The 2021 Conservative Political Action Conference proved that it’s still Donald Trump’s Republican Party, but then you knew that. So did the organizers, the attendees, and the politicians who attended.
It’s why the conference moved from its traditional home outside Washington, D.C., to Florida. Oh, sure, COVID-19 restrictions played a part, but CPAC could have chosen any number of places to relocate, and it chose the former president’s home state, hoping he’d attend—as he did. (Why bring the base to Washington when you can take Washington to the base?)
It’s why an artist brought a literal golden idol of the former president and attendees eagerly posed with it. It’s why Trump merchandise flew off vendor tables, why Trump gave the keynote, and why Trump won the presidential straw poll. It’s why even ambitious potential rivals for power paid effusive homage. “Let me tell you this right now: Donald J. Trump ain’t goin’ anywhere,” Senator Ted Cruz told attendees. They didn’t need Cruz to tell them.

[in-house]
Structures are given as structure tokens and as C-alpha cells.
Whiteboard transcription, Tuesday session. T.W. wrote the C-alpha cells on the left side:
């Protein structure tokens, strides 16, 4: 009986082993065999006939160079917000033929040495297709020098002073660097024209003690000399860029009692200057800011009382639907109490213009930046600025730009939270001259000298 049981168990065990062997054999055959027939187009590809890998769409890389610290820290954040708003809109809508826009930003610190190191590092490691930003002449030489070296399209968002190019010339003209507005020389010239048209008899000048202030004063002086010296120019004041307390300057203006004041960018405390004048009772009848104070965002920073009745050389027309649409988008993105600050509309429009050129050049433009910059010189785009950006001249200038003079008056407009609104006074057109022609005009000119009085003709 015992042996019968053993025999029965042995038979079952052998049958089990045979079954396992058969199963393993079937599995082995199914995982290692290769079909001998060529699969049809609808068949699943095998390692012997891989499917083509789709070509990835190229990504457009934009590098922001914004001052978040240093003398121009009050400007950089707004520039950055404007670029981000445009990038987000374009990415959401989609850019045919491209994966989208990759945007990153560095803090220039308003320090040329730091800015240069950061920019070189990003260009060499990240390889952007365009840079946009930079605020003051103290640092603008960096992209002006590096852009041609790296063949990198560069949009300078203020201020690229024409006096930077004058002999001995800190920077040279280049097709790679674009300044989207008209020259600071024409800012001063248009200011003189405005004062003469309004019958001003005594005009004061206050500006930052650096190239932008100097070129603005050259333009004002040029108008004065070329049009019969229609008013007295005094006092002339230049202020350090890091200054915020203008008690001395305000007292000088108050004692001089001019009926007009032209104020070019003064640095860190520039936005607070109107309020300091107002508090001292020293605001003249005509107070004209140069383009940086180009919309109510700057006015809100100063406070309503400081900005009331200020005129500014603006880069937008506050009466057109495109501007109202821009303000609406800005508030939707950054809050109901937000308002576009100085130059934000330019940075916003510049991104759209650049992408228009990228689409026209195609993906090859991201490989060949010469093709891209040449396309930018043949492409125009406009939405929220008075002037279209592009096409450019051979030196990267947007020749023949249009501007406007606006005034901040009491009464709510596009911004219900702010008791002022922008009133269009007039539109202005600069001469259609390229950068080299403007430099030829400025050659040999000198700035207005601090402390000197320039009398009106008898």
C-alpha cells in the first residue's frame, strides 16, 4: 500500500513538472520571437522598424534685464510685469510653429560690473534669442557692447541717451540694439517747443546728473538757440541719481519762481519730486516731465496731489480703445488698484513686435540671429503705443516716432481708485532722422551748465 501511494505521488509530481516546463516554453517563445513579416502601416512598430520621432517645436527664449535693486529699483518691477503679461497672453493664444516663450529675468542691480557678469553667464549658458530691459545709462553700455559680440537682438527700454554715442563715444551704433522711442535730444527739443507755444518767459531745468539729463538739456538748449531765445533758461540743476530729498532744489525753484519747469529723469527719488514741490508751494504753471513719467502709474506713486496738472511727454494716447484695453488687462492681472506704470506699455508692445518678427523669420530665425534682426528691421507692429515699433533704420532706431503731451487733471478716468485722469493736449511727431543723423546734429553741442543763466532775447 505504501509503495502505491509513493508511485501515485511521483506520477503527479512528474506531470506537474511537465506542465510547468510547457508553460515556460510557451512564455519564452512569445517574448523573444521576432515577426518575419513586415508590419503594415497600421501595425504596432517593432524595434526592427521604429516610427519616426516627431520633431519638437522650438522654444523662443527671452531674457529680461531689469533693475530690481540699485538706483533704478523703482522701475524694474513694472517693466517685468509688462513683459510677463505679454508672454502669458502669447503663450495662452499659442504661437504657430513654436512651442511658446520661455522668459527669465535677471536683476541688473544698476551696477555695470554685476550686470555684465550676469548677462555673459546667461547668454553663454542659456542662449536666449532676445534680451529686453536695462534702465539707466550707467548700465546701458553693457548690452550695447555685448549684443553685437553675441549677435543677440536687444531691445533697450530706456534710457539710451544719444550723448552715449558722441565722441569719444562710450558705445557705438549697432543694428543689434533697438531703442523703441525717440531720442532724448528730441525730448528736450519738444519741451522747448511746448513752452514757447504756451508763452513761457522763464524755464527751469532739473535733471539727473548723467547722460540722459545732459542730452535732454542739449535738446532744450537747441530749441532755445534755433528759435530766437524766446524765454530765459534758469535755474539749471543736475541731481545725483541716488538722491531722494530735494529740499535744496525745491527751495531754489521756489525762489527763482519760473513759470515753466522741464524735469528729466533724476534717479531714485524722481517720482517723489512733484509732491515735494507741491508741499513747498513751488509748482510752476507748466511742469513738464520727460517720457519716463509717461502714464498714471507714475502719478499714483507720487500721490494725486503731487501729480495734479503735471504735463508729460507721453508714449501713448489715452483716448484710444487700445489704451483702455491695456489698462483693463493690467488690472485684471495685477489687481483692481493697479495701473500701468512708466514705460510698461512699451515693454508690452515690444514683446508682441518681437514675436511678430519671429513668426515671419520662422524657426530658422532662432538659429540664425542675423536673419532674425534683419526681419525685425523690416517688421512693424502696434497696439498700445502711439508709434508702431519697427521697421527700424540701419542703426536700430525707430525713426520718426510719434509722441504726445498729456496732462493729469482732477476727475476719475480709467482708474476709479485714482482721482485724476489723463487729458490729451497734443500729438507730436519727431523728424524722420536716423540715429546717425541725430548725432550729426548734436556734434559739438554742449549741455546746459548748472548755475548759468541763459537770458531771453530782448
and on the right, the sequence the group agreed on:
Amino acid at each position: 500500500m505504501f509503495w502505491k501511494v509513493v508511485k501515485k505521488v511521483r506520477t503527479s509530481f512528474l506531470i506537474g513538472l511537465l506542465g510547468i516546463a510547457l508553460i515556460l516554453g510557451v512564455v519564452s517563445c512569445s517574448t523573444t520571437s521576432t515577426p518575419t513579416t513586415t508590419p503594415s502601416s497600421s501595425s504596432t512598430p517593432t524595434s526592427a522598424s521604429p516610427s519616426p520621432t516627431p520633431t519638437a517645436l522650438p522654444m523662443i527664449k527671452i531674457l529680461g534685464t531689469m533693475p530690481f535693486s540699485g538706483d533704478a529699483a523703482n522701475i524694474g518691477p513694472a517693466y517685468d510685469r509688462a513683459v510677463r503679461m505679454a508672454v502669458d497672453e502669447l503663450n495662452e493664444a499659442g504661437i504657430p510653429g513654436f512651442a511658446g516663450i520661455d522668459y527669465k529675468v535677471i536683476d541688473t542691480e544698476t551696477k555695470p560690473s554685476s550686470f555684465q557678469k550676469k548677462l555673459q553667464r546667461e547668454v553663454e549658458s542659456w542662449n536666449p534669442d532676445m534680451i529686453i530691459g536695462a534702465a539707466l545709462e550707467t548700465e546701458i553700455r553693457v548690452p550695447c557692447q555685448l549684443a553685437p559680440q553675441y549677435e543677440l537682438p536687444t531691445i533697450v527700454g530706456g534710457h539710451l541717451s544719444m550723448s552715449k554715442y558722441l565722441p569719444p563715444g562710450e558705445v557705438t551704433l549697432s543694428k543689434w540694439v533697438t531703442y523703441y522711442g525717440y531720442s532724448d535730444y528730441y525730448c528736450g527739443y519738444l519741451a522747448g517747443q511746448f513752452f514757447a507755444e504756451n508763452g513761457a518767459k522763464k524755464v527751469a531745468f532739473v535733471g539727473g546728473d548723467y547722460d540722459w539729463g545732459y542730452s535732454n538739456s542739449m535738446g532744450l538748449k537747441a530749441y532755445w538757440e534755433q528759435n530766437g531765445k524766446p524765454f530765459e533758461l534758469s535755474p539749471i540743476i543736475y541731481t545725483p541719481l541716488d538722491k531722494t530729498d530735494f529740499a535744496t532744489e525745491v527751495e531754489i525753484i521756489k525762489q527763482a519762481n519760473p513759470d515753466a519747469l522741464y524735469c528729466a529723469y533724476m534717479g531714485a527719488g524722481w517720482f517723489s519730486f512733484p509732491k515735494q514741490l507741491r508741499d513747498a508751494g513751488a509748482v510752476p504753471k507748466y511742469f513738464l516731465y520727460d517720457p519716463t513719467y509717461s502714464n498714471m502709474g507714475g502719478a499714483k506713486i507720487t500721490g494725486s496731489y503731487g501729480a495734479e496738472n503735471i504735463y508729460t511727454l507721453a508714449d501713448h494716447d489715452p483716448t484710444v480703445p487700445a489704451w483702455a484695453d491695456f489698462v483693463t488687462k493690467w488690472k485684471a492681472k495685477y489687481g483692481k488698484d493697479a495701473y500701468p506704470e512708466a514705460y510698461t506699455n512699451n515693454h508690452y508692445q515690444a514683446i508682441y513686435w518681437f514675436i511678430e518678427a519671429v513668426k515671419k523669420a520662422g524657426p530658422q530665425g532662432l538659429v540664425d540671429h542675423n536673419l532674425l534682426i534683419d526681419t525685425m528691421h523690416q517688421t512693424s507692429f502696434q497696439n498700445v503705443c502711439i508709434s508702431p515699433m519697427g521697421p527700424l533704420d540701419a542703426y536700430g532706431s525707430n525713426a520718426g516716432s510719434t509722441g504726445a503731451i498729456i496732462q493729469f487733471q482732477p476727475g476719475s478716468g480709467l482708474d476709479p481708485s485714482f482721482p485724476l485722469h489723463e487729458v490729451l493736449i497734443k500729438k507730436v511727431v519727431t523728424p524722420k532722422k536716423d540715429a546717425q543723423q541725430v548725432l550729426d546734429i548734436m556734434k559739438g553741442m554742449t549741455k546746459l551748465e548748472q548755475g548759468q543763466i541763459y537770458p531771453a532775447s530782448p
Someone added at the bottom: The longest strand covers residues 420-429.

Hero worship is not new to CPAC—before there was Trump, there was Ronald Reagan—but no former president has ever dominated the conference in this way, because he is still a concern for 2024. (Reagan and George W. Bush each served two terms; among one-termers, Gerald Ford was a known squish and George H. W. Bush a presumed squish who had a chilly relationship with the conference.) The 2024 GOP presidential primary may be a wild affair, but Trump’s continued dominance poses a more immediate quandary for the Republican Party in 2022.